Alexander O. Onukwue
With more than 2000 spoken languages, Africa’s linguistic diversity is second only to Asia. A third of the world’s languages is spoken by the 1.2 billion people living within her 54 countries. But the language of artificial intelligence is yet to gain fluency.
It has become hackneyed to weave AI into every conversation about technology and society.
AI will take away jobs. Our fintech uses AI to recommend personal loans. Learn AI to stay relevant for the future.
These are some of the tropes that have come to be associated with artificial intelligence in tech circles.
Beyond the buzzword, however, artificial intelligence is indeed a tool for social good. In healthcare and education, communication and commerce, AI’s analytical and predictive powers have the potential to raise standards of service delivery, improve productivity and advance human possibilities.
“AI has a lot to offer to Africa and Africa has a lot to offer to AI as well,” says Moustapha Cisse, the head of Google’s AI research centre in Accra.
Launched in April 2019, Google’s centre is the first major step by a global technology company to set up a lasting institution for AI research and development on the continent. It is part of the tech giant’s new branding mission to identify as an “AI first” company.
It evokes the question: what has Africa been up to in the last 50 years as Western and Asian nations built up AI competence?
The need for AI
Learning is the ability to improve performance by experience. Machine learning, a predominant aspect of artificial intelligence, relies on using data (experience) for better decision making (performance).
Africa has a data problem. It is especially pervasive at top levels of government.
African leaders regularly dismiss data points when they are not in their favor, creating scepticism about a future in which sufficient encouragement exists for artificial intelligence on the continent.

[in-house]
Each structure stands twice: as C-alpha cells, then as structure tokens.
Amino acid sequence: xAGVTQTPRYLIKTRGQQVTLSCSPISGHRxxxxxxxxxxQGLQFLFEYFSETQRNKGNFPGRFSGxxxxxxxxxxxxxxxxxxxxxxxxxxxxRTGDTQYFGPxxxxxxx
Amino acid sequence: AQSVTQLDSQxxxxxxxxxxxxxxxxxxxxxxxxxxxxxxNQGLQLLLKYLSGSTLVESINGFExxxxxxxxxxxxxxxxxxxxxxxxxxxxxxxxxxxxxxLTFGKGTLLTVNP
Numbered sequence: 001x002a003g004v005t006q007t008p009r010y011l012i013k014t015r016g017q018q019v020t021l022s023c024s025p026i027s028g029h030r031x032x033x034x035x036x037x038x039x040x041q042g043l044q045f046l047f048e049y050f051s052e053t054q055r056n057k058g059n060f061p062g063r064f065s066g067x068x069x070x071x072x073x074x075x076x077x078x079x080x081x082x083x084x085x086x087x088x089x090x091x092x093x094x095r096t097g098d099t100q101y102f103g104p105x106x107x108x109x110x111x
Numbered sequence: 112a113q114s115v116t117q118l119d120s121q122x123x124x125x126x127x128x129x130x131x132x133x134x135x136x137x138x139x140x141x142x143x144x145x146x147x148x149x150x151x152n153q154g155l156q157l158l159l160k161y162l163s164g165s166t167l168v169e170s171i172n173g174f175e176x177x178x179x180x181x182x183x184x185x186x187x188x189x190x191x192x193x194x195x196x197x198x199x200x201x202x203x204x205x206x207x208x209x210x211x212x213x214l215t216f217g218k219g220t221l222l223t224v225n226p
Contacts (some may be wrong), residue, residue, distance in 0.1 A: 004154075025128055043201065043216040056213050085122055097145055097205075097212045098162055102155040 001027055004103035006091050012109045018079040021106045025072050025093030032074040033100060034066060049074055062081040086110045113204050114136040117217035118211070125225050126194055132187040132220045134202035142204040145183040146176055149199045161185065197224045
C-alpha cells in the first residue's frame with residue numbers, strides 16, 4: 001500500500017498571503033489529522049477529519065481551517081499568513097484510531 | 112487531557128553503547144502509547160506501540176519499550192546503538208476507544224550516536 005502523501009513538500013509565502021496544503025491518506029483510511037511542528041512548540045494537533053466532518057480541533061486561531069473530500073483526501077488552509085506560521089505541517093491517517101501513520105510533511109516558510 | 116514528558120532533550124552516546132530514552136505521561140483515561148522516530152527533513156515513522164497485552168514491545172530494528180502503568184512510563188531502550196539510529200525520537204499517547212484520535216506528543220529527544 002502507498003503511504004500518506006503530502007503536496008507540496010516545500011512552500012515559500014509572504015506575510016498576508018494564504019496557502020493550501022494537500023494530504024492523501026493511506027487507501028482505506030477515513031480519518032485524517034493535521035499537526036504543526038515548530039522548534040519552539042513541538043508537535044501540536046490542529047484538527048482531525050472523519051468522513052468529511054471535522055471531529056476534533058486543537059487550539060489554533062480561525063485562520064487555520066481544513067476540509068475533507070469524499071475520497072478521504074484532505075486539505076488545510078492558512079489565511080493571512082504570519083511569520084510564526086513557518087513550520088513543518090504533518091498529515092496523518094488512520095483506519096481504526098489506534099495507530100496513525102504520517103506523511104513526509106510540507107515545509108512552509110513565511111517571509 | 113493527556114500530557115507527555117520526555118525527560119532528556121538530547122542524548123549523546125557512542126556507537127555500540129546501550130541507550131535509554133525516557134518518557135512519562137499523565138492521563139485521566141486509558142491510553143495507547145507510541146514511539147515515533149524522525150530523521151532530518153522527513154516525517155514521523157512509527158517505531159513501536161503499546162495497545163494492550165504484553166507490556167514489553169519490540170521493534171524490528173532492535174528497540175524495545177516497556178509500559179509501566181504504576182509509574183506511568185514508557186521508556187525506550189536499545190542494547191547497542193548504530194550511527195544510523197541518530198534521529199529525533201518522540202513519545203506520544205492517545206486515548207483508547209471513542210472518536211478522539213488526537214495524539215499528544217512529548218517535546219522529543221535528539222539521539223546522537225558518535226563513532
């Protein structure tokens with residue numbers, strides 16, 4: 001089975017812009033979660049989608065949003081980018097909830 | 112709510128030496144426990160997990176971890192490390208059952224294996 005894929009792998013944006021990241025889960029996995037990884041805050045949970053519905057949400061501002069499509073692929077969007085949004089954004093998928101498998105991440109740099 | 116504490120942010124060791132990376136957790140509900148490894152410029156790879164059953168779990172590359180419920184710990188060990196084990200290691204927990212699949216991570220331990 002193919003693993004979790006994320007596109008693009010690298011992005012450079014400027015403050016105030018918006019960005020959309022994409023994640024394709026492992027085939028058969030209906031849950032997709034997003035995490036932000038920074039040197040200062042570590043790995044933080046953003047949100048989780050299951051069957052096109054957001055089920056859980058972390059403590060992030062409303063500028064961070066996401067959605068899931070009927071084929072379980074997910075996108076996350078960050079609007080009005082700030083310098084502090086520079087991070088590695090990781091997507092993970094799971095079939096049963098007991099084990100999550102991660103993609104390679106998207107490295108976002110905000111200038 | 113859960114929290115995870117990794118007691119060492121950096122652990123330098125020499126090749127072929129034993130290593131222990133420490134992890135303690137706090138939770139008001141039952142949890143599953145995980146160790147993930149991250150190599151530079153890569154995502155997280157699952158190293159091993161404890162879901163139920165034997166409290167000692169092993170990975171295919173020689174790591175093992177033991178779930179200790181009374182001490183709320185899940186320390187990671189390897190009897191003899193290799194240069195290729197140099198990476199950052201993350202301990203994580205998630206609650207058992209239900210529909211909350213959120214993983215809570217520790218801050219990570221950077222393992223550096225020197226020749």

But they, and everyone else, should be interested in providing the ingredients for Africa to lead in the development of AI. For one, there is a need to set early standards against algorithmic biases, especially racial ones. As the world speeds ahead to an age where algorithms determine everything, Africans must not be at a disadvantage.
The need for structure
There is no doubt that there are infrastructural challenges facing the uptake of emerging technologies in Africa.
In the first place, there is simply not enough information and communication infrastructure in most African countries. It is reflected by data on internet penetration across various countries, compared to thriving technology hubs in Asia and Latin America. There are variations within the continent – for example, there is a 23% penetration rate of mobile Internet in sub-Saharan Africa, but it’s 83% in Kenya.
Poor infrastructure affects internet affordability. Africans pay the most for data worldwide. For the continent to make significant strides in AI, dependable infrastructure and affordable internet are basic enablers.
The need for investment
Closely related in the puzzle is an intentional approach to STEM investments. In the absence of formal AI curricula in African tertiary institutions, there is a growing number of alternatives.
Cisse, the Google AI Accra lead, taught himself AI after completing an undergraduate degree in maths and physics in Senegal. Another shining light from the continent is Tejumade Afonja, a co-founder of AI Saturdays Lagos.
But the deficit in institutional AI learning shows up in different ways, like when foreign embassies exhibit bias when evaluating visa applications by African AI researchers.
Last year, two Nigerian researchers were denied the opportunity to present their innovative work on pidgin-English translation at a landmark conference in Canada, echoing past rejections of African AI scholarship.
“I have had papers accepted at meetings but been unable to attend because Western countries such as Australia denied me a visa, even though I was already settled and working professionally in Europe,” Cisse wrote on his blog.
But it is a challenge that can be overcome by a conscious effort at growing the African AI system. When national governments put forward strategic long-term AI goals and budget adequately for them, the world will take notice and adjust accordingly.
Robots may take some jobs away in the future. But it won’t be the first time technology radically changed humanity’s ways of life. Human intelligence has always found ways to catch up to and control artificial systems.
That said, there is a danger for a negligent complacent continent; the humans who lead in the race to control AI technologies will write the rules. A continent of 1 billion people should really not sit back and receive the operational manual without co-authoring it.